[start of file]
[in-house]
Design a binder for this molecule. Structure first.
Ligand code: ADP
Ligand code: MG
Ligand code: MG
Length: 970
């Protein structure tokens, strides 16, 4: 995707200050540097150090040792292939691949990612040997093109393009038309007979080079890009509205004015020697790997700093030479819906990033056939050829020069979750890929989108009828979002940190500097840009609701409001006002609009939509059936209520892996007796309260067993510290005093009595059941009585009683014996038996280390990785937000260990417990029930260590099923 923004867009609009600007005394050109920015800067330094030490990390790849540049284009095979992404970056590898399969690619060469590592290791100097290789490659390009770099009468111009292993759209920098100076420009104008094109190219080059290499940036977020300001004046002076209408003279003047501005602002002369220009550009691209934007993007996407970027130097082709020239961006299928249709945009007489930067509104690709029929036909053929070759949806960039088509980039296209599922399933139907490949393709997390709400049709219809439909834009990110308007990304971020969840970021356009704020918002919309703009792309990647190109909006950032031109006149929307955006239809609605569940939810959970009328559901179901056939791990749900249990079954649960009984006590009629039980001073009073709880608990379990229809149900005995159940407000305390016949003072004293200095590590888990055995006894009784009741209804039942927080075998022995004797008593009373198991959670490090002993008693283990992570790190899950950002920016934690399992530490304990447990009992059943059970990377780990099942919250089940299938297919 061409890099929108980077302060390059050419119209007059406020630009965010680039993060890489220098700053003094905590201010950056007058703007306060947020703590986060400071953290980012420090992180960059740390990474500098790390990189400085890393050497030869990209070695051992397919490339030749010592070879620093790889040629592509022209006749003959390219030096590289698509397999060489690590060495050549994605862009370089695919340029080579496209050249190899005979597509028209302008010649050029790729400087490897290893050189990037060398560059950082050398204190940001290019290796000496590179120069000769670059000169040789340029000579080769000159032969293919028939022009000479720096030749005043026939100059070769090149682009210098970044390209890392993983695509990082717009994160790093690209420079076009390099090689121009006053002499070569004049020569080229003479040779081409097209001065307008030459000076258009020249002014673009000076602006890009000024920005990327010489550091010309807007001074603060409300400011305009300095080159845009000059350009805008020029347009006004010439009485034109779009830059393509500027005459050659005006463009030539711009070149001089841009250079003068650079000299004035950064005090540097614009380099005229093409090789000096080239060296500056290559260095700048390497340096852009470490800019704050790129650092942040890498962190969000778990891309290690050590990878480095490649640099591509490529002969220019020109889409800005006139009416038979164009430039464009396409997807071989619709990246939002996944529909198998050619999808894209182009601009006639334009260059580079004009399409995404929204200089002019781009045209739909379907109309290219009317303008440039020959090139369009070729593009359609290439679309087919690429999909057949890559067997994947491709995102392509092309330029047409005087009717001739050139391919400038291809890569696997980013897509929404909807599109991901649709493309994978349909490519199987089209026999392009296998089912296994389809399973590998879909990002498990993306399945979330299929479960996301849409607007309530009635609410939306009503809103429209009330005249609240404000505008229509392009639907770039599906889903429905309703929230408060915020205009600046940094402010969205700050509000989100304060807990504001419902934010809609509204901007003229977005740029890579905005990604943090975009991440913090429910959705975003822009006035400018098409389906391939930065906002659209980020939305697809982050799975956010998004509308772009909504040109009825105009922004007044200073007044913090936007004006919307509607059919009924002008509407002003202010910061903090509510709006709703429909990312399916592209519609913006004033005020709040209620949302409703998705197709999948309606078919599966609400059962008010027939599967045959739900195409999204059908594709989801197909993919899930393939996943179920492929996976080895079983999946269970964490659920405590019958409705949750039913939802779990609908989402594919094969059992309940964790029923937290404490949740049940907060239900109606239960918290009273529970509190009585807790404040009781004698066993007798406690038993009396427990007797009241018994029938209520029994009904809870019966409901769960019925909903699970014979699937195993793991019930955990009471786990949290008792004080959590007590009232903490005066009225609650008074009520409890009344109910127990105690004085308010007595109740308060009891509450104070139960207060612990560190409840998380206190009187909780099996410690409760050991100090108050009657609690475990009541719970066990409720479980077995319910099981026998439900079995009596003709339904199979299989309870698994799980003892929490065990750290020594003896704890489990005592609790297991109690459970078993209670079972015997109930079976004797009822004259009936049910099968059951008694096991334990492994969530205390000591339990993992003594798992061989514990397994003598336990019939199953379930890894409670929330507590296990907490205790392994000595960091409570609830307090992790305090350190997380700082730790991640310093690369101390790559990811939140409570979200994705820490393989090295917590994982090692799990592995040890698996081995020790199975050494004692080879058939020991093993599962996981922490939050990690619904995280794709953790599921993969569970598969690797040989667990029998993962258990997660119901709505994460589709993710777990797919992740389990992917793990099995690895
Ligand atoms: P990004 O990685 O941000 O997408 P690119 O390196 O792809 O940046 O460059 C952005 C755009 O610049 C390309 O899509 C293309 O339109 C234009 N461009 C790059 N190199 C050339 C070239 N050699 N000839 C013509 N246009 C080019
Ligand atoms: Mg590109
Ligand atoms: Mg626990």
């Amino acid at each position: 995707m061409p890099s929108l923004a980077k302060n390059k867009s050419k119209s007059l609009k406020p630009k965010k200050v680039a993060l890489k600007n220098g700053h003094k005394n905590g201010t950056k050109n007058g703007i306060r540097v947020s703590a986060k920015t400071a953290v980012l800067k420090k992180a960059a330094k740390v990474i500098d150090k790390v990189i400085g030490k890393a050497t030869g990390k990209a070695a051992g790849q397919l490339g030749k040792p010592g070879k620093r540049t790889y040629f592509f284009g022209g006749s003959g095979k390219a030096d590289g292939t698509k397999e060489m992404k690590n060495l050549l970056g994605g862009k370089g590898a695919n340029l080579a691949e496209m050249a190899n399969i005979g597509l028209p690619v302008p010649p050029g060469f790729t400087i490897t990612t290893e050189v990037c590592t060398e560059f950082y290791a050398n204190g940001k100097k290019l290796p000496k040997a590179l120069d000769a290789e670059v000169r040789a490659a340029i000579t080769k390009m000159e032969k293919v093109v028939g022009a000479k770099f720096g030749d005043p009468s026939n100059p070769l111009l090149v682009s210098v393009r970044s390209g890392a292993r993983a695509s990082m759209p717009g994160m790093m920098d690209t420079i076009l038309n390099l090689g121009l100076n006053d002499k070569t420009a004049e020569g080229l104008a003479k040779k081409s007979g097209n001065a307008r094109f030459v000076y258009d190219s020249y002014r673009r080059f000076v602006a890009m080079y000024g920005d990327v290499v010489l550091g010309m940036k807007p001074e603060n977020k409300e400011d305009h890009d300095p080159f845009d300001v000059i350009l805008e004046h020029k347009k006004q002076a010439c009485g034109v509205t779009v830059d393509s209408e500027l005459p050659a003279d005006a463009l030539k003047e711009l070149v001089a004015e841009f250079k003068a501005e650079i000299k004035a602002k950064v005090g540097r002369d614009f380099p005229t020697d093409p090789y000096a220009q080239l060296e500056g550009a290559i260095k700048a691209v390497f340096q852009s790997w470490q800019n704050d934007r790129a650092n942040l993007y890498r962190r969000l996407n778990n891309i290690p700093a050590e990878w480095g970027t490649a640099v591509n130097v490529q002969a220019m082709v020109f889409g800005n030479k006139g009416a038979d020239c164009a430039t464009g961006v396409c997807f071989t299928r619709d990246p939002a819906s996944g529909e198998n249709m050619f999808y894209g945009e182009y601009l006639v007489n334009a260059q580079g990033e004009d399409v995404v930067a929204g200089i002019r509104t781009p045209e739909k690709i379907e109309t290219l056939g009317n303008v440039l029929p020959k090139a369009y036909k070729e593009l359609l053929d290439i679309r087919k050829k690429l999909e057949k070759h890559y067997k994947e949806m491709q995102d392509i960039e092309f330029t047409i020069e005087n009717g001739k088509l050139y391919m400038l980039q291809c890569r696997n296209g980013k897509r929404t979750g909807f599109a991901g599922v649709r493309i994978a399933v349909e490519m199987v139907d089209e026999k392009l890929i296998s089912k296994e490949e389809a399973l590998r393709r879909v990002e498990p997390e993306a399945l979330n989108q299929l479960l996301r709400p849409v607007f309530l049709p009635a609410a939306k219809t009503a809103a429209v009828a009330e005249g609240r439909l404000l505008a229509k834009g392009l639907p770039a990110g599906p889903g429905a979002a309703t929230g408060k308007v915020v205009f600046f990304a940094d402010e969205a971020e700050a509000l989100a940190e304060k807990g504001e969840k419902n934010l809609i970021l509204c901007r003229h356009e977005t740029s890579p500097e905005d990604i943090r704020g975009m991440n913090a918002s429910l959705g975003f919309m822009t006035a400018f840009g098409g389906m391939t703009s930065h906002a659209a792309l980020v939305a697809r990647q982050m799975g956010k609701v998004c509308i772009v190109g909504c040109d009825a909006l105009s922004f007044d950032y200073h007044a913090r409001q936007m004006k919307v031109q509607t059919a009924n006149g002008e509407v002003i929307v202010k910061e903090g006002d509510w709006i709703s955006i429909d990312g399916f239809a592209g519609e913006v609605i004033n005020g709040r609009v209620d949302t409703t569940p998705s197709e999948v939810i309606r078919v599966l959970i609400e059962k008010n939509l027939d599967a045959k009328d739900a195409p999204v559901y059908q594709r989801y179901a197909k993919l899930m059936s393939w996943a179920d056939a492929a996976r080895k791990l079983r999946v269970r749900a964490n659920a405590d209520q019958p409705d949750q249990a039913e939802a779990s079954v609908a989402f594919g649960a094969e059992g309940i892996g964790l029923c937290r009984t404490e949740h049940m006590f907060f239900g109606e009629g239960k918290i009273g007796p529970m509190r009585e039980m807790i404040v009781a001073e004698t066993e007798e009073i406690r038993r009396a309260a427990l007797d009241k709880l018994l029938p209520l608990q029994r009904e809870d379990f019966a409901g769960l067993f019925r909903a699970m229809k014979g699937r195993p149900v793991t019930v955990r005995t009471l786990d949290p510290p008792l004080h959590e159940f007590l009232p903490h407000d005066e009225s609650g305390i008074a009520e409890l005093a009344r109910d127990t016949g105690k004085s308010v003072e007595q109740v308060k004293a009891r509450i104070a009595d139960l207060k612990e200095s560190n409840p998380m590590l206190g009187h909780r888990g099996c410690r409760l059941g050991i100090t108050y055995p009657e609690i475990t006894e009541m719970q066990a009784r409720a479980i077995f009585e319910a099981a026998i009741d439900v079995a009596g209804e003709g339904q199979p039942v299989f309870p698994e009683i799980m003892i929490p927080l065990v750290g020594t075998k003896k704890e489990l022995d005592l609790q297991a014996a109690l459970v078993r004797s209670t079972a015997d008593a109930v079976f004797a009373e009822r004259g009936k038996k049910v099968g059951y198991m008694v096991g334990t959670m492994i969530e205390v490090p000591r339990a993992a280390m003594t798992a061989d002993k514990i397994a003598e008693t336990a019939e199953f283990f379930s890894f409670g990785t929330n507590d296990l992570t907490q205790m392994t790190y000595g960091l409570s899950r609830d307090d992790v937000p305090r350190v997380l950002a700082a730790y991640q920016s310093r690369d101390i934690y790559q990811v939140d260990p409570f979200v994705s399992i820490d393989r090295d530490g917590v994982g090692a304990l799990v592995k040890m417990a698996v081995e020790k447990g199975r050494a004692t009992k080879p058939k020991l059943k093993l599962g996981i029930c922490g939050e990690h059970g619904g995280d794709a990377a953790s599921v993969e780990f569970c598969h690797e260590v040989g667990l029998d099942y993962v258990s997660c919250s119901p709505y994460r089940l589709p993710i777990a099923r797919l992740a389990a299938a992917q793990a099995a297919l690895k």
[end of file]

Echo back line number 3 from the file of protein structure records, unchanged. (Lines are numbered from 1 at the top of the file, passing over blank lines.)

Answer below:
Ligand code: ADP